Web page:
Starfire listed some great tips that could be done to help shovel our ways out of writing ruts and will hopefully give some traction. For one, if you’re in a writing rut, think outside the box! Not only should you think outside the box, but you should also literally get outside of the boxlike room you are sitting in and allow yourself to be silly. Hopefully acting like a child will give you a new perspective on something and will trigger a creative idea to write about.

As writers, I feel it is important to shake things up and allow yourself to be a over the top for a while. After all, life is too short to be serious all the time!

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Starfire also suggests practicing being someone else. Hmmm, this could be interesting! She suggests that writers should “pick a passage by an author you admire and whose style is not like yours, then write a short piece copying that author’s sentence structure, cadence, and pace exactly (or as exactly as you can).”

I really like this idea, and would love to try it in my next post. Maybe instead of a college student, I will pretend to be a successful adult who has four cats and can afford to pay for my own groceries…

Wattpad: The Story of How Stories Became Stored

A recent App called, Wattpad has taken the world of writing and reading by storm. In order to fully understand what this app is capable of, I will review the app in the perspective of new user.

The homepage of Wattpad looks a little something like this:

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It is both clean and simple. A user can either log in using Facebook, or use an e-mail address to sign up; all in all, it takes about 30 seconds to create and account with WattPad.

Next, the app will ask you pick a variety of your favorite reading genres, which will look like this:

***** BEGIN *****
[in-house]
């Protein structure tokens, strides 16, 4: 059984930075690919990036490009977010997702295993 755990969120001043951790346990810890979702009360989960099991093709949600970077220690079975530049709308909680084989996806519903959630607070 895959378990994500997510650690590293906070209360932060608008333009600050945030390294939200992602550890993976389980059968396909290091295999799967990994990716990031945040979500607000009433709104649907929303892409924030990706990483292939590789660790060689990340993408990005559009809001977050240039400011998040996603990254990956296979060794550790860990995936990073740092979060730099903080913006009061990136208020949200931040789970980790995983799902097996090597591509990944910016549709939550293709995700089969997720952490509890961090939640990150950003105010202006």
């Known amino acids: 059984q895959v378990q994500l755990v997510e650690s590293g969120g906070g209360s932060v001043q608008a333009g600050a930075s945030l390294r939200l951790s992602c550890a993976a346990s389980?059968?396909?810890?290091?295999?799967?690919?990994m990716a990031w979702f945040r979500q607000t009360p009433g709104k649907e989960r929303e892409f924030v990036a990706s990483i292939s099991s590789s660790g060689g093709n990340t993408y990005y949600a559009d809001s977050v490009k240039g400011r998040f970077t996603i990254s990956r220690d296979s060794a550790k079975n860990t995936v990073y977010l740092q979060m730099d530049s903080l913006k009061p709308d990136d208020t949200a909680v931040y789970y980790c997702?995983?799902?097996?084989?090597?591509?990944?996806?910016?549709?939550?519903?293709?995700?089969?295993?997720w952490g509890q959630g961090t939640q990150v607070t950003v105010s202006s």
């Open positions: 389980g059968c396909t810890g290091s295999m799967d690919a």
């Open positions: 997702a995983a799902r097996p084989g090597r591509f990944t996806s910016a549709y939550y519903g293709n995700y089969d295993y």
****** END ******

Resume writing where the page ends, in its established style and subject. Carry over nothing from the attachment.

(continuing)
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The format, once again, is extremely quick and clean. Users have the ability to pick as many or as few genres as they wish. This is a quality feature when the user wants either variety or focus.

Based off the genre users picked, the app will generate multiple stories for the user to enjoy.

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The instructions are straightforward and allows users to enjoy a variety of different works of any type of genre. On the app, users can scroll through their “library” and pick a title to read. It’s kind of ironic how a library, once associated with the imagery of an abundance of books, has become a collection of virtual goods.

Once a user settles on a book title, a couple of screens will pop up:

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These two screens demonstrate the main point of the app. On the left, is a piece of work found in a collection of poetry. On the right, the app offers the author, comments, suggestions, and sharing. Adding the comment/liking feature allows users to offer their perspective on the work, which is a nice spin for a literary app. Instead of just reading a poem, users can share opinions and ask/offer help. Another progressive feature of this app is the suggestion category. In order to broaden horizons, suggestions to other writers is extremely helpful. Lastly, the social media aspect of this app is helpful to both writers and readers. If a user posts a poem to Facebook, the user’s friends will have the ability to discover new works.